Photo:The special report from Florida Trend is here.
Monday's Daily Pulse
What you need to know about Florida Today
350 Biggest Companies in Florida
Florida Trend's annual ranking of the largest companies in the state is out for 2014.
» 125 Biggest Public Companies
The list is ranked by revenue. Also, profiles of B/E Aerospace, Mednax, Hackett Group, API Technologies, Goldfield, Jagged Peak and Paradise Inc.
» The 225 Biggest Private Companies
The list is ranked by revenue. Also, profiles of Brightstar, Acosta, Advanced Disposal, Main Street America Group, GL Homes, Meyer Jabara Hotels and First Watch Restaurants.
Twenty years from now, Broward County's already bustling seaport is forecast to handle roughly twice as much cargo and about 40 percent more cruise passengers. To accommodate that growth, Port Everglades will need to invest about $1.6 billion in major projects. The county's board of county commissioners approved the 20-year plan, an update to the seaport's Master/Vision Plan first adopted in 2006. [Source: Sun Sentinel]
Miami Gardens is suing four major banks for predatory mortgage lending targeted at minorities, which the city believes led to a reduction in property taxes, additional spending on foreclosed homes and a decrease in property values due to the multiple foreclosures. The city is asking that the court rule that the banks — JPMorgan Chase, Wells Fargo, Citigroup and Bank of America — violated the Fair Housing Act. [Source: Miami Herald]
Under pressure from defense budget cuts, the Army's high-tech training contracts agency in Orlando is undergoing a major restructuring that has cast some uncertainty on the future of the region's training and simulation industry. The agency has lost more than two dozen jobs — including 40 percent of its contracting officers — as a result of a hiring freeze and deficit-reduction cuts in military spending, officials say. The critical positions, many of them paying more than $80,000 a year, are gone indefinitely. [Source: Orlando Sentinel]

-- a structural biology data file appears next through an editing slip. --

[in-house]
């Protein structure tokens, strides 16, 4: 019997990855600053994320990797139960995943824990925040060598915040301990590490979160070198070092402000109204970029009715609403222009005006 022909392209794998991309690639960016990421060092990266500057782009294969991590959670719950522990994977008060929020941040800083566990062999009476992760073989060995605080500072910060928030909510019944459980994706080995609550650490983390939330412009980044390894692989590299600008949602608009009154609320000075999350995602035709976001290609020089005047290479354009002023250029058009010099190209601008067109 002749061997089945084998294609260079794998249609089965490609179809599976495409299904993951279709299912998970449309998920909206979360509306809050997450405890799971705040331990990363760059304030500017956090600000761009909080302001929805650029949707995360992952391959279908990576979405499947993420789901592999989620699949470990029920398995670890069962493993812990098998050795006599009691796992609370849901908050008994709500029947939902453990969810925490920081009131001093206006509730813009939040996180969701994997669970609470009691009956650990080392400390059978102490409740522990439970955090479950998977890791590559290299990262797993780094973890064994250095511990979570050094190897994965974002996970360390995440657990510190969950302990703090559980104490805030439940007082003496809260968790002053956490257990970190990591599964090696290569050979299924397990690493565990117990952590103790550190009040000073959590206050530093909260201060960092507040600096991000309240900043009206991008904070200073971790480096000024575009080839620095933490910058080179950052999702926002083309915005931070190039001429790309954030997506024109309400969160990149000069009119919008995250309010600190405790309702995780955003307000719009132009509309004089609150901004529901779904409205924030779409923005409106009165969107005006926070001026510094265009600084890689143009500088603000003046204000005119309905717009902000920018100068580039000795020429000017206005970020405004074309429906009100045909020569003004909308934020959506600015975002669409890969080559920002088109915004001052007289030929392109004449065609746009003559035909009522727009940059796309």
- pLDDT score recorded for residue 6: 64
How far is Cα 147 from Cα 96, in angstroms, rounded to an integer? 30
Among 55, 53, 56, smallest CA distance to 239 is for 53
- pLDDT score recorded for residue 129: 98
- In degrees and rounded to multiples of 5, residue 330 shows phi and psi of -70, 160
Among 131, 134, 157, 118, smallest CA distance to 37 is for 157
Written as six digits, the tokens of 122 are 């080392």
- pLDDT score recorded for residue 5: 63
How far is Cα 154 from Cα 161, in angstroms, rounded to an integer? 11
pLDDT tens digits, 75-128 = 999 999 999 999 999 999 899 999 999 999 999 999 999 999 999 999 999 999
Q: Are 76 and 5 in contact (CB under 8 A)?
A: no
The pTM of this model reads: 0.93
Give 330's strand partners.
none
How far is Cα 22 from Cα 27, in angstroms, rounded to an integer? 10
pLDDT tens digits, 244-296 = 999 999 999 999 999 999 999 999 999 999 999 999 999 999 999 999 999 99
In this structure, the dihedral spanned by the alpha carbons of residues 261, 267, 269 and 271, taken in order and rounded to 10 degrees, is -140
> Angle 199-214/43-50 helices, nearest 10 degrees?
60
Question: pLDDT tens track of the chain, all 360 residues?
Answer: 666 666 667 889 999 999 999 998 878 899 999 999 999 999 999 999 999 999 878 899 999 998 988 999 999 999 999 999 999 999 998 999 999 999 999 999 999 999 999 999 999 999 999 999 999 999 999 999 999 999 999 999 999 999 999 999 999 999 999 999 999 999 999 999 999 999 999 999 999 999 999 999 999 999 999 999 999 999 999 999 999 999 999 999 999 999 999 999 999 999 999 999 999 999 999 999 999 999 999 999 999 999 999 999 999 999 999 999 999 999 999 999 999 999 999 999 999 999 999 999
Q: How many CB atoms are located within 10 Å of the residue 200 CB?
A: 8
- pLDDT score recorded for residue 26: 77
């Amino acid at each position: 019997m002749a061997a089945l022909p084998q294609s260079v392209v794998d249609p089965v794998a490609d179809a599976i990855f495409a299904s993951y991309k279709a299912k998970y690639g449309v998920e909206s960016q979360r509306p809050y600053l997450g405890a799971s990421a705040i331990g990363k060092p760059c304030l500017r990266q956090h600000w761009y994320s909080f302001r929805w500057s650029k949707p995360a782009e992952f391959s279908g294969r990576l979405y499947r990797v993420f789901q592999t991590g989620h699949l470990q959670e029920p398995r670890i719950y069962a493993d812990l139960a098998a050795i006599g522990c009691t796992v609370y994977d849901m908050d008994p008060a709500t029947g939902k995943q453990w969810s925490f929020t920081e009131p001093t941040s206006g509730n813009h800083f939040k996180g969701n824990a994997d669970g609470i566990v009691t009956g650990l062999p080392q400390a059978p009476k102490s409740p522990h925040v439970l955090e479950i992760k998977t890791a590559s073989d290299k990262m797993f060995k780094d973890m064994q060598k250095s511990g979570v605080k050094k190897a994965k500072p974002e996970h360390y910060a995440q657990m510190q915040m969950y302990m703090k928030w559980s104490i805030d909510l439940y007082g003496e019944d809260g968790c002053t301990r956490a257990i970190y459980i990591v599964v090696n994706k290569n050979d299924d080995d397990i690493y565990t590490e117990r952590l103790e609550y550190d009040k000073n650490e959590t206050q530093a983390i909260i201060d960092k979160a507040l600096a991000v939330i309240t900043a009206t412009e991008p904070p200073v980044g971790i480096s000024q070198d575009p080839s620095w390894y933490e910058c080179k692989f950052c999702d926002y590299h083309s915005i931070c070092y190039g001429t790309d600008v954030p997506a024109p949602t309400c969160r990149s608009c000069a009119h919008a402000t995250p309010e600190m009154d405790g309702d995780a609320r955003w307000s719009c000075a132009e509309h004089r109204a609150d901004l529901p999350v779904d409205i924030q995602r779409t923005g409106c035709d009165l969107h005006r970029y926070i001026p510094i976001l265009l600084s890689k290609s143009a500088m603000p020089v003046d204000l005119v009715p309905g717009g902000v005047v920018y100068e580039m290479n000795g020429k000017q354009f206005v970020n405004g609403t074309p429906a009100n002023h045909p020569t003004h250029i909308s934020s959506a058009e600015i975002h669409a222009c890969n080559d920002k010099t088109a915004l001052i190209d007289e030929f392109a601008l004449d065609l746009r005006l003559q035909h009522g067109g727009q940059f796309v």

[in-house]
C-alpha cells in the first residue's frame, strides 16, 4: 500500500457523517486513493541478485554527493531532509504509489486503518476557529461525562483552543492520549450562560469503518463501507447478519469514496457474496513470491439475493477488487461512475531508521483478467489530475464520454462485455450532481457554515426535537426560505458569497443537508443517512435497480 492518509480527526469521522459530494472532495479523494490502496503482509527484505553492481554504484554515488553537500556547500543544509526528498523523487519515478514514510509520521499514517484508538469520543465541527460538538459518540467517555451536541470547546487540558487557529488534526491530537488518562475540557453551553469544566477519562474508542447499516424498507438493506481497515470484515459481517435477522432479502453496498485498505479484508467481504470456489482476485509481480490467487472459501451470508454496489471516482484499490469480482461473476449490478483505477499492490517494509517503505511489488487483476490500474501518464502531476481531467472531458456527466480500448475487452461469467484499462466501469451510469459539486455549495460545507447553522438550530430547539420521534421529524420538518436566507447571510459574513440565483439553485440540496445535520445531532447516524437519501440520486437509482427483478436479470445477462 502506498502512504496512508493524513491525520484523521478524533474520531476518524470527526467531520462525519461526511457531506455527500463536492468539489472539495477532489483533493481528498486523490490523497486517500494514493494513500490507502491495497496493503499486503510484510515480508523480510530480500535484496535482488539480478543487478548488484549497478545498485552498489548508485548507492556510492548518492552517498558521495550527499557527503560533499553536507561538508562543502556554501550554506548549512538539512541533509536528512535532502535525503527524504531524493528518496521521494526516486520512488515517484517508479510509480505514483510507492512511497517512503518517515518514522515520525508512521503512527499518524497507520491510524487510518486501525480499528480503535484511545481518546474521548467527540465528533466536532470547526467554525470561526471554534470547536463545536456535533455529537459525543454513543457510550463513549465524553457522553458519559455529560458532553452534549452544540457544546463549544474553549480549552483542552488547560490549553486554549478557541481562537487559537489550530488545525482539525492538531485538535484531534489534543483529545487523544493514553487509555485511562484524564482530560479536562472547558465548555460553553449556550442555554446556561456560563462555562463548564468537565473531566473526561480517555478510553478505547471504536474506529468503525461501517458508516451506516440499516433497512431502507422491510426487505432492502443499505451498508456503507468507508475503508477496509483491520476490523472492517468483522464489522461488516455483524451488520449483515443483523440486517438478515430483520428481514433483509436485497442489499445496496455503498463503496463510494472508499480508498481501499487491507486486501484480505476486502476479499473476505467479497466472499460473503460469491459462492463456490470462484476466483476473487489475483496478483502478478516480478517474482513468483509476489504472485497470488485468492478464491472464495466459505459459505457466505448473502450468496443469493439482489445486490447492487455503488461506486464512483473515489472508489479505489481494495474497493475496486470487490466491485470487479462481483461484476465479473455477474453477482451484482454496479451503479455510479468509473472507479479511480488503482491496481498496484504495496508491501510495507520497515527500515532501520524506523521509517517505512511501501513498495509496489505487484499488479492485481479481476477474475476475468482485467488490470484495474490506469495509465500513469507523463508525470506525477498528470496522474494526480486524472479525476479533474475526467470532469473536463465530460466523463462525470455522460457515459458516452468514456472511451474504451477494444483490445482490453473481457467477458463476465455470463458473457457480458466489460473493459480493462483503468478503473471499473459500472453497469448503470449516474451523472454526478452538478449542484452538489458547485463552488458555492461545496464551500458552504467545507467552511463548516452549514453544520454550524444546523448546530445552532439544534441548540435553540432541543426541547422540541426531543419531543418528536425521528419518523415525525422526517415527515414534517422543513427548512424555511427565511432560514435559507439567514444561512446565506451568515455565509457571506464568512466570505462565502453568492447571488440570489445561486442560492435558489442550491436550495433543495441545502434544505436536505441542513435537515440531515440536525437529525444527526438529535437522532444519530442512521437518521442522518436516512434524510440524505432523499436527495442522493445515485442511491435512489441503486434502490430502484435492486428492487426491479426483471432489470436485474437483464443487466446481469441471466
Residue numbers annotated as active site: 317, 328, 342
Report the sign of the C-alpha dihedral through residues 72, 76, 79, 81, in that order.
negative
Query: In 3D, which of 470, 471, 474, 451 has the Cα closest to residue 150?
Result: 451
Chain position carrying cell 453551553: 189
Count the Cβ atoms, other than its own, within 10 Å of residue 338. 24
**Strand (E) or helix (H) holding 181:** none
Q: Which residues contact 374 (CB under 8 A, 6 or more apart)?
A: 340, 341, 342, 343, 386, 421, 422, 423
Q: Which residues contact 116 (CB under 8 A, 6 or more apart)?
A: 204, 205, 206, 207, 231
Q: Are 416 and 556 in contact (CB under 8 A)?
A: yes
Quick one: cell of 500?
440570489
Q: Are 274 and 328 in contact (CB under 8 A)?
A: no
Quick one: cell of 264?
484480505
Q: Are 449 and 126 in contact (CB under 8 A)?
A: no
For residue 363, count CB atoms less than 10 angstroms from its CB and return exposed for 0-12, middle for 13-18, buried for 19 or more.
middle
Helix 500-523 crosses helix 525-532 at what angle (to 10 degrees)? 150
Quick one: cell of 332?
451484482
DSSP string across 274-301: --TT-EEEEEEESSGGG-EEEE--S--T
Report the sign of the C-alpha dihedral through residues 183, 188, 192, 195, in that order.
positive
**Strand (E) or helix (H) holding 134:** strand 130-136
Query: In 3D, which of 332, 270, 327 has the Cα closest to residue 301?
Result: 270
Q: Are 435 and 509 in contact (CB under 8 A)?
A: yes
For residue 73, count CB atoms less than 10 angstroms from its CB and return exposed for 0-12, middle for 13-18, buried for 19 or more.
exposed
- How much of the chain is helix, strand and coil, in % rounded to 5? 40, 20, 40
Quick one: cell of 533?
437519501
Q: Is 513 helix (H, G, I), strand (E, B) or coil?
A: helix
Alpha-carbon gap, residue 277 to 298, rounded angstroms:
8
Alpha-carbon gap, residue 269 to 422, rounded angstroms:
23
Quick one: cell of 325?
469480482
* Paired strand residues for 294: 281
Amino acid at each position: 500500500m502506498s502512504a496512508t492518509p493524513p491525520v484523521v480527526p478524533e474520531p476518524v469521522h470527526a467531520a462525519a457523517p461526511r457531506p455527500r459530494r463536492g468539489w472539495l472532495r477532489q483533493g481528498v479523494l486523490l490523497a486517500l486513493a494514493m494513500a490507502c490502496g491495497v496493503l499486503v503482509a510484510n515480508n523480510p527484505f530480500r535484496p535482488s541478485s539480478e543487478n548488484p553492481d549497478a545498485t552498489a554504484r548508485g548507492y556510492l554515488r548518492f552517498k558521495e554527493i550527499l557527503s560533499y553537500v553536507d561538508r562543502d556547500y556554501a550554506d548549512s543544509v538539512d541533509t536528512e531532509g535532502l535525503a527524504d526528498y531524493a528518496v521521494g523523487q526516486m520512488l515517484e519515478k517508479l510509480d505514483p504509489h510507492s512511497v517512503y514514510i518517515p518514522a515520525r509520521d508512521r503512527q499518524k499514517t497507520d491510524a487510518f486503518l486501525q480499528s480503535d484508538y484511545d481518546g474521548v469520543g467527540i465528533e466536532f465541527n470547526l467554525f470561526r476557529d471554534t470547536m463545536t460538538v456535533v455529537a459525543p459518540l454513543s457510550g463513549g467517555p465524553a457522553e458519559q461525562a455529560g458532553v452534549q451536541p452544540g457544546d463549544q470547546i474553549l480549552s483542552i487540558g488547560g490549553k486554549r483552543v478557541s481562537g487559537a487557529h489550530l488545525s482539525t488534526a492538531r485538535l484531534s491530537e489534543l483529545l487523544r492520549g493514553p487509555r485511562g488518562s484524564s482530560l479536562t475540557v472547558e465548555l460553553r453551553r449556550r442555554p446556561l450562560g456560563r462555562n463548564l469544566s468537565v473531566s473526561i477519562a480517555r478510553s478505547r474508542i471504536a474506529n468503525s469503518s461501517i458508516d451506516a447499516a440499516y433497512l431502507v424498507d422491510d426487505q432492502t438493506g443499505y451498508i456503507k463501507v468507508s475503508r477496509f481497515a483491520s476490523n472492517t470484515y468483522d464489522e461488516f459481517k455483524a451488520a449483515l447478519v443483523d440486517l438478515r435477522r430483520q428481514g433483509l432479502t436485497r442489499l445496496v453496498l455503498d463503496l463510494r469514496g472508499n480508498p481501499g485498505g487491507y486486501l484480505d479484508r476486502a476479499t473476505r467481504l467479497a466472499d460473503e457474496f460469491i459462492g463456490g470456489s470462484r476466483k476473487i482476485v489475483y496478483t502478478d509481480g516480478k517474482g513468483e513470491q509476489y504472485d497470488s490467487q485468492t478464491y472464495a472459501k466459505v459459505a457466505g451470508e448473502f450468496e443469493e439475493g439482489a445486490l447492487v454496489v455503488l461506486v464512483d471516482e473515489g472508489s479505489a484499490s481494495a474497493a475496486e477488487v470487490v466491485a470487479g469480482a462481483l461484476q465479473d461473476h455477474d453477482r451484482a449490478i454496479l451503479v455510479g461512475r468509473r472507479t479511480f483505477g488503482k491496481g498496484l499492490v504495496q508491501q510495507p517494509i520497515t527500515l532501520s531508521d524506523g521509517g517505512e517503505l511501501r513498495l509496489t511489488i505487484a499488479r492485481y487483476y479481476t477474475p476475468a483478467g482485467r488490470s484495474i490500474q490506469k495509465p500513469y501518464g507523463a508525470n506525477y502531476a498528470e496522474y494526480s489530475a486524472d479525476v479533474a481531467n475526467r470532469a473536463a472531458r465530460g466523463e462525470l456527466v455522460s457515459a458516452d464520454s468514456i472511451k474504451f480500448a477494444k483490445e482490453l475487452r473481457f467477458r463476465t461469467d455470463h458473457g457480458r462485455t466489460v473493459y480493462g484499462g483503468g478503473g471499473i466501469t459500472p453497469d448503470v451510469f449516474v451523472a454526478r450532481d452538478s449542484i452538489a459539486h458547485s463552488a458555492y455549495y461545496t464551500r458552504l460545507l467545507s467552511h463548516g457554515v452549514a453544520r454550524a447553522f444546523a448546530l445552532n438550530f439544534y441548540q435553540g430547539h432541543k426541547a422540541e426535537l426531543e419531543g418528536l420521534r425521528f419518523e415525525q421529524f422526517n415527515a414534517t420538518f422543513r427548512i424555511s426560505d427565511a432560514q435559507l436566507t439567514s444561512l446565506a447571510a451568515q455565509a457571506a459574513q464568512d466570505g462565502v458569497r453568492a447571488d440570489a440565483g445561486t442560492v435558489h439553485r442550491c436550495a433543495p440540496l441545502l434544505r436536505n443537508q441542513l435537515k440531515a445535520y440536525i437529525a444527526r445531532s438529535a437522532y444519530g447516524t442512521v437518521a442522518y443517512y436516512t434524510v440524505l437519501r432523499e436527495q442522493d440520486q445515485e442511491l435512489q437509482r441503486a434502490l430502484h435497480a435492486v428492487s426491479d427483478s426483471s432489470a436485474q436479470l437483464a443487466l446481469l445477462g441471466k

The Mayo Clinic, nestled in a forest of pine trees in suburban Jacksonville, has learned that being “Florida’s best-kept secret,” as its leaders like to say, has political consequences. As this year’s legislative session wore on, it became clear that Mayo would be snubbed in favor of centers that enjoy more support in Tallahassee. Read more from the Times/Herald
ALSO AROUND FLORIDA:
› Tropical disturbance in Atlantic is worth watching
A tropical disturbance in the waters off St. Augustine could bring squally weather to Florida's east coast by Monday afternoon and will be monitored as it could turn into a more-intense weather system in a few days, meteorologists said.
› Entrepreneurs prepare for medical marijuana businesses
Thrity-one businesses in Broward and Palm Beach counties have registered with the state as marijuana-related businesses, banking that voters will approve medical use of the drug on Nov. 4. Among them are lawyers, a retired insurance firm owner, a construction contractor and a personal trainer, all laying the foundation for businesses ranging from growing to selling through a dispensary.
› Everglades restoration efforts falling short, scientists say
A better understanding of climate change now makes the need to speed up work more urgent, said Virginia Tech biologist Jeffrey R. Walters. "Climate change and sea-level rise pose enormous challenges to a rainfall driven system," he wrote.
› New child welfare law promises protection
The big news for Southwest Florida about the new law reforming the state's child welfare system is that the region will get an infusion of child protective investigators.
Go to page 2 for more stories ...
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